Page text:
UAW And VW: A Done Deal With More To Come?


The AFL-CIO with the assistance of powerful foreign unions will aggressively push the right to organize and gain recognition in the U.S. by leveraging foreign unions, employers, and political structures against global employers doing business in the U.S.  They must in order to survive.

UAW officials met with labor representatives of Volkswagen to discuss the organization of 1,400 workers at the automaker’s plant in Chattanooga, Tennessee.  The German paper Handelsblatt said this meeting followed meetings between UAW President Bob King and top German labor officials, intending to explain the system of labor representation at Volkswagen.  King wants to organize one of the so-called transplants located mostly in southern states, to help invigorate the union, and VW is the target. VW, Europe’s largest carmaker, has a long tradition of working with unions, including Germany’s powerful IG Metall, and crafting innovative accords to preserve jobs.

  • “For Volkswagen, it’s a matter of course that its employees are unionized and the decision is up to our colleagues in the United States.” said Michael Riffel, the head of Volkswagen’s global works council.
  • “One of Volkswagen’s core values is the basic right of employees to have a voice in the company,” said Guenther Scherelis, a spokesman for the Chattanooga plant.
  • “We work hard to provide an environment that fosters teamwork and collaboration. If our employees feel the need for it, any decision on representation belongs to them,” he said.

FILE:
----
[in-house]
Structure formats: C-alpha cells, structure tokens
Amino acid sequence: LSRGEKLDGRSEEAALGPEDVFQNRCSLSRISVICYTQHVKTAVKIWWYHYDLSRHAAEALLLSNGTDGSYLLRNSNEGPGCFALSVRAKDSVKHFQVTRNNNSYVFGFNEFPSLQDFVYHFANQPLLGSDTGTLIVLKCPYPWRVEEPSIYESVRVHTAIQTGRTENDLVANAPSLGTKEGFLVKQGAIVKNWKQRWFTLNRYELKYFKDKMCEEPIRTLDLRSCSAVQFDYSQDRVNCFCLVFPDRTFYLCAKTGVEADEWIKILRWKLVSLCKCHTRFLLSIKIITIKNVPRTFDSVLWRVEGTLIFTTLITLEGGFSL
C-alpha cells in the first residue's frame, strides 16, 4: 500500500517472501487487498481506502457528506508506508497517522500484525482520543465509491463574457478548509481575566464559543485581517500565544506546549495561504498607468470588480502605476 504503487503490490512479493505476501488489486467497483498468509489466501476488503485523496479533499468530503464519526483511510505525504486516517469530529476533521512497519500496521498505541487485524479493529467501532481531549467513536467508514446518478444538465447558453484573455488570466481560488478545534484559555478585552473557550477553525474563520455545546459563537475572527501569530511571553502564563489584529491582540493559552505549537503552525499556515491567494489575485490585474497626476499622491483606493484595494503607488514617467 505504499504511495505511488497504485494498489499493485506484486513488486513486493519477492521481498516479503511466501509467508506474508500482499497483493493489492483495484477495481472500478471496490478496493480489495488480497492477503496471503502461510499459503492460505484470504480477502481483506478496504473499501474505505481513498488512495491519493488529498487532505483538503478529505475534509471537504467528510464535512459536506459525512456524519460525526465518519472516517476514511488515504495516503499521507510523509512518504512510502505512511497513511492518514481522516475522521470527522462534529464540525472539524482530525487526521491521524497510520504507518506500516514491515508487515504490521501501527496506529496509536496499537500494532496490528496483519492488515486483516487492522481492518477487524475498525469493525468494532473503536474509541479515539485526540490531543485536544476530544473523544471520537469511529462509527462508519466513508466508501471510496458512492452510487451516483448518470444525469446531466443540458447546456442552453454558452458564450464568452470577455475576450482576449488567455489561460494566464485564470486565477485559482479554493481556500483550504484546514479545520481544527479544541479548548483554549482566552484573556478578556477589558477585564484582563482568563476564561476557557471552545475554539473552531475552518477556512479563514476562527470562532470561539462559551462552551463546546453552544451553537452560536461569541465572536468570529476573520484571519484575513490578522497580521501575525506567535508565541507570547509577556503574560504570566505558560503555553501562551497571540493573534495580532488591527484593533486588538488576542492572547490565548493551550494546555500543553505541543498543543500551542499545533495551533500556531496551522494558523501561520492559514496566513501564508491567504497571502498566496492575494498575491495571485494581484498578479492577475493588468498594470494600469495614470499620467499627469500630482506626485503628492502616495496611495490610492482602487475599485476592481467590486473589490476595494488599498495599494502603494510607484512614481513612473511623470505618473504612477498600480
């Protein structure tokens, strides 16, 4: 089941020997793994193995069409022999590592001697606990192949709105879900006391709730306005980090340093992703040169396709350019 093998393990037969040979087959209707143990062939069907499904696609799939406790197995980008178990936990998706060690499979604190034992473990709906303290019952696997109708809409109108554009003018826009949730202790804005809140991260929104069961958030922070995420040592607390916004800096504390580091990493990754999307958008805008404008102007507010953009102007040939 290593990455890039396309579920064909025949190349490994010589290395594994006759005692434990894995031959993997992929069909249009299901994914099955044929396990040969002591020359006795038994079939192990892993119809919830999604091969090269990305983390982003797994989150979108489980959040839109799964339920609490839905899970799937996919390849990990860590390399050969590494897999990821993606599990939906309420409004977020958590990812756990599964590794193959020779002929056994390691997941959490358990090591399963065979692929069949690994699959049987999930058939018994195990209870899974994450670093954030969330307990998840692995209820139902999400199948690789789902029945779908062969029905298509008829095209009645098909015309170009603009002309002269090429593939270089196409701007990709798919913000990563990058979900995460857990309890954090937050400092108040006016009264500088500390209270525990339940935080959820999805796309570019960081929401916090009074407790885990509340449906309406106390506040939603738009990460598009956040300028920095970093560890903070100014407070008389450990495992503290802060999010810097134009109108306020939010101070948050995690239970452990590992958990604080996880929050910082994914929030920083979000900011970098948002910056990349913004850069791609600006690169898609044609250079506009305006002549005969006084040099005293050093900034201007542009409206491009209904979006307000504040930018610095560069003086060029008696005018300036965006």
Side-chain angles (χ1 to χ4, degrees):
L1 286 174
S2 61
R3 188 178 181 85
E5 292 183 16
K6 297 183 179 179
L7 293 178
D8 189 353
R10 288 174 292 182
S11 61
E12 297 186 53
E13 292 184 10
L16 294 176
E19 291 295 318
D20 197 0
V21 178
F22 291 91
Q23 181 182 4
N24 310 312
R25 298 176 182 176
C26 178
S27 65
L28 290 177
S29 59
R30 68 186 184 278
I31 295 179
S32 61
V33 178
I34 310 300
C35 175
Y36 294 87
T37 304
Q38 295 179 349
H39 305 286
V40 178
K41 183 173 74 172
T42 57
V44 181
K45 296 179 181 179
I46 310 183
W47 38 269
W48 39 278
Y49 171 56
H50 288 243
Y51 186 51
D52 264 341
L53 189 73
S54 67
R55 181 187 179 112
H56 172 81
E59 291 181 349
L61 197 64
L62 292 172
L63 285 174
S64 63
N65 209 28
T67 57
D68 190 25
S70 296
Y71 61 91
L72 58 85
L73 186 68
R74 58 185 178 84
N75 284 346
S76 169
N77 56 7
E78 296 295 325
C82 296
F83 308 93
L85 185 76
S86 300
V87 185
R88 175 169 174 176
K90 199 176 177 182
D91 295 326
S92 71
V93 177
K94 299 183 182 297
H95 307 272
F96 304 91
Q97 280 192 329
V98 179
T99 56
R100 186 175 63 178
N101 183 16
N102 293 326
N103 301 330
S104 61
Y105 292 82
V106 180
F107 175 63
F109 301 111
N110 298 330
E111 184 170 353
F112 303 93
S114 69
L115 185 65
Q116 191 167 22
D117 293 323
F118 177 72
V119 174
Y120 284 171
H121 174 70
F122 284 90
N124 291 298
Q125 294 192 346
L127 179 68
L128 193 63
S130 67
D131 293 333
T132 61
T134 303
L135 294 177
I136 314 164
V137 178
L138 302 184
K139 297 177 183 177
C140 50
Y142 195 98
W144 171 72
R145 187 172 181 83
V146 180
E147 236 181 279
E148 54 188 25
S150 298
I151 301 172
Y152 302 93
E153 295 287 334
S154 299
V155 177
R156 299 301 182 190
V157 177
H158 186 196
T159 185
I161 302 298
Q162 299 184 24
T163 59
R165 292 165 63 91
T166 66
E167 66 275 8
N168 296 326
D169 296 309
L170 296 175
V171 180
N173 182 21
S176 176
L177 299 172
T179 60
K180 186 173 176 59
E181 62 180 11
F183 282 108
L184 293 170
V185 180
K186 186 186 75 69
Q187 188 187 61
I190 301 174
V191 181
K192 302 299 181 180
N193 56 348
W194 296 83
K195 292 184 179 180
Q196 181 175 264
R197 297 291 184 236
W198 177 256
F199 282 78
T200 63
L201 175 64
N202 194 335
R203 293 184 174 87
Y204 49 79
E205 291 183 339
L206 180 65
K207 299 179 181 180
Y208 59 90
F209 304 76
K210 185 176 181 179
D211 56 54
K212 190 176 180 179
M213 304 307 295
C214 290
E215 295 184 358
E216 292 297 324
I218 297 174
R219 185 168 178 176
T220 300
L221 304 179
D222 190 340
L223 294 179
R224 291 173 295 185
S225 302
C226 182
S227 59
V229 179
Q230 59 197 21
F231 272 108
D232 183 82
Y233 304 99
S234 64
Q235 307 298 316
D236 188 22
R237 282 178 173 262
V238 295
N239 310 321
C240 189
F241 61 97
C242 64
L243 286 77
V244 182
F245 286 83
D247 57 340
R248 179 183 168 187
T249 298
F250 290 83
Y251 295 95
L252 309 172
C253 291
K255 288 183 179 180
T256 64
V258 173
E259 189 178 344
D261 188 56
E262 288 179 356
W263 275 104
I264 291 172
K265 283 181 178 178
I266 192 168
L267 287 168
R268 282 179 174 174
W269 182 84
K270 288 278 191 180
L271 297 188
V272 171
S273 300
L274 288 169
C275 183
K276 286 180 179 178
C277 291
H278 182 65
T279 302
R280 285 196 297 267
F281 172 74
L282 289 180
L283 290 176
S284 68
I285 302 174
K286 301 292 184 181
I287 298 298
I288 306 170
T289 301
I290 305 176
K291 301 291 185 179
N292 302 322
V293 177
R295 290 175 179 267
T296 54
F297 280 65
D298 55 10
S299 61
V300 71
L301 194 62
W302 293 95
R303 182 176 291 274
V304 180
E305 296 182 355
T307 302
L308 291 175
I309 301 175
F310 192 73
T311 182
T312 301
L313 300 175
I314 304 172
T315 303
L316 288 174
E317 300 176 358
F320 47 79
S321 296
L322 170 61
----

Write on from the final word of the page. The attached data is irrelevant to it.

Last week, Gary Casteel, director of the UAW’s southern region, said workers at the Chattanooga plant had reached out to the union, and there had been discussions with VW executives. But he said no official organizing drive was under way. Really?  Volkswagen also is leaning strongly toward building another U.S. plant, which would produce the Audi.  More food for thought:

  • United Food and Commercial Workers International Union has moved to the edge of their seat as Wal-Mart continues to work with unions abroad, but not at home.
  • The UNI Global Union which has pushed Wal-Mart so hard on the above is at the edge of their seat as the United Food and Commercial Workers missed on the right to bargain on behalf of 250 Target employees in New York a few weeks ago.  They’ll be back.
  • Communications Workers of America president, Larry Cohen continues to edge in his seat as German union Ver.di leaderWilhelm Ado continues to his efforts here in the U.S. to organize T-Mobile USA, whose network is owned by Deutsche Telekom.
  • French Sodexo union leaders Jean-Michel Dupire and Gerard Bodard continue to support SEIU organizers here in the U.S. and inother countries.
  • According to the Alliance IBM, a network of IBM unions around the world met in May to form a Global IBM Union.
  • The AFL-CIO’s organizing institute, and specifically the UAW affiliation has interns from around the world taking center stage.
  • Union Summer is under way in North Carolina, and one should not think that Charlotte is the site of the 2012 Democratic National Convention is coincidence.
  • Germany’s IG Metall, the world’s most powerful union, has established an organizing department partnered with Change to Win’s that has targeted wind-turbine manufacturers and auto dealers here and abroad.

I could go on, but the point is that U.S. labor leaders are in fact soliciting and receiving support from some of the most powerful unions in the world for the purposes of organizing global employers doing business here in the U.S.  Further, they are targeting Millennials as a significant foundational underpinning of these efforts.   I’m not saying they can or will, but I am saying that their behaviors indicate that at some level, they believe they must do these things in order to survive.

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Posted on July 15, 2011, in Uncategorized and tagged , , , , , , , , , , , , , , , , , , . Bookmark the permalink. Leave a comment.

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